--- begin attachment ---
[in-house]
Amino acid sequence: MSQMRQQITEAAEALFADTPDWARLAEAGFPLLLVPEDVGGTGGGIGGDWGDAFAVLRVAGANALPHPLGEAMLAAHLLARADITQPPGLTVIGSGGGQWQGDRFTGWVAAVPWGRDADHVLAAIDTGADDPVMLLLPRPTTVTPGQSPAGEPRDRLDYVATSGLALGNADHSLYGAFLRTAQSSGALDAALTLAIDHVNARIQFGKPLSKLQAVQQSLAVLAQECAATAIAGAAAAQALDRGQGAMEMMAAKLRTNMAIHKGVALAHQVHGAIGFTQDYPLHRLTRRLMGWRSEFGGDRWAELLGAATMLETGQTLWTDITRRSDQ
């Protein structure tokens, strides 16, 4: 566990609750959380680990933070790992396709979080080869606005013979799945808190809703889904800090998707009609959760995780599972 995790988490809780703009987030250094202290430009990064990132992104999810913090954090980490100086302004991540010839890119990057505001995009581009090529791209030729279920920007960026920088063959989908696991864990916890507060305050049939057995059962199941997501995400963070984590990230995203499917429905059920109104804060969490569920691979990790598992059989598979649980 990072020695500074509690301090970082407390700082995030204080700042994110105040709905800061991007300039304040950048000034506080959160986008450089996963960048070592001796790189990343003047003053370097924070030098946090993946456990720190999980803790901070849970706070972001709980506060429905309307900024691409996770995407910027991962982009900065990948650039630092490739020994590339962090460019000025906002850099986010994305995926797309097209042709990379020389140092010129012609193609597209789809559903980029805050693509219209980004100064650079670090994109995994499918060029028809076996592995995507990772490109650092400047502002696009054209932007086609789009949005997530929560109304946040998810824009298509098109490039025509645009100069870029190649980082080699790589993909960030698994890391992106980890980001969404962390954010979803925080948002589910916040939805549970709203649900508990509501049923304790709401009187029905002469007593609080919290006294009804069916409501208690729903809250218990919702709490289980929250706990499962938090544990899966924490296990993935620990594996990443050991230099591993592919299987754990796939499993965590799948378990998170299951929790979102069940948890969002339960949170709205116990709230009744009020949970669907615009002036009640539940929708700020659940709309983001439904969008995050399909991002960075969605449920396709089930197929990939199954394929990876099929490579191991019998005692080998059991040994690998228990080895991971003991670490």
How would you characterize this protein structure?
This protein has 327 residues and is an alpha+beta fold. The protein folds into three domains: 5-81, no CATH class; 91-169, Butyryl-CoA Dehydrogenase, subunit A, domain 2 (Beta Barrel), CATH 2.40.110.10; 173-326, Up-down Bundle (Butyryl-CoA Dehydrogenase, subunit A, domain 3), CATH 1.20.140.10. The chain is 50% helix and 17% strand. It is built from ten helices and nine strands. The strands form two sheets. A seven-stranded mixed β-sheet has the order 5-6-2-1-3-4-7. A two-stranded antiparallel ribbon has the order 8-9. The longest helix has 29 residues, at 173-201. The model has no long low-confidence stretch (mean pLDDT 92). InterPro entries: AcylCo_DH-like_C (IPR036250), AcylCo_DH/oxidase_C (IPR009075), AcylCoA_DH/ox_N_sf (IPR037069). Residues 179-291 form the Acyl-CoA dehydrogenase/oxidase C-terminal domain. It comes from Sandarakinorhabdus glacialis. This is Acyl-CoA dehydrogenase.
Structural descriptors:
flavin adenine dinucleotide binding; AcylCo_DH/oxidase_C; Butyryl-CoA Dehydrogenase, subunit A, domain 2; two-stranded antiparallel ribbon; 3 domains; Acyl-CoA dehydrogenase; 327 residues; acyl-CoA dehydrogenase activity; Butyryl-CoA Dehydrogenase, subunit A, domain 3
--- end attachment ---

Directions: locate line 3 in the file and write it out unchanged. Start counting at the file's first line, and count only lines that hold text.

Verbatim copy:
């Protein structure tokens, strides 16, 4: 566990609750959380680990933070790992396709979080080869606005013979799945808190809703889904800090998707009609959760995780599972 995790988490809780703009987030250094202290430009990064990132992104999810913090954090980490100086302004991540010839890119990057505001995009581009090529791209030729279920920007960026920088063959989908696991864990916890507060305050049939057995059962199941997501995400963070984590990230995203499917429905059920109104804060969490569920691979990790598992059989598979649980 990072020695500074509690301090970082407390700082995030204080700042994110105040709905800061991007300039304040950048000034506080959160986008450089996963960048070592001796790189990343003047003053370097924070030098946090993946456990720190999980803790901070849970706070972001709980506060429905309307900024691409996770995407910027991962982009900065990948650039630092490739020994590339962090460019000025906002850099986010994305995926797309097209042709990379020389140092010129012609193609597209789809559903980029805050693509219209980004100064650079670090994109995994499918060029028809076996592995995507990772490109650092400047502002696009054209932007086609789009949005997530929560109304946040998810824009298509098109490039025509645009100069870029190649980082080699790589993909960030698994890391992106980890980001969404962390954010979803925080948002589910916040939805549970709203649900508990509501049923304790709401009187029905002469007593609080919290006294009804069916409501208690729903809250218990919702709490289980929250706990499962938090544990899966924490296990993935620990594996990443050991230099591993592919299987754990796939499993965590799948378990998170299951929790979102069940948890969002339960949170709205116990709230009744009020949970669907615009002036009640539940929708700020659940709309983001439904969008995050399909991002960075969605449920396709089930197929990939199954394929990876099929490579191991019998005692080998059991040994690998228990080895991971003991670490």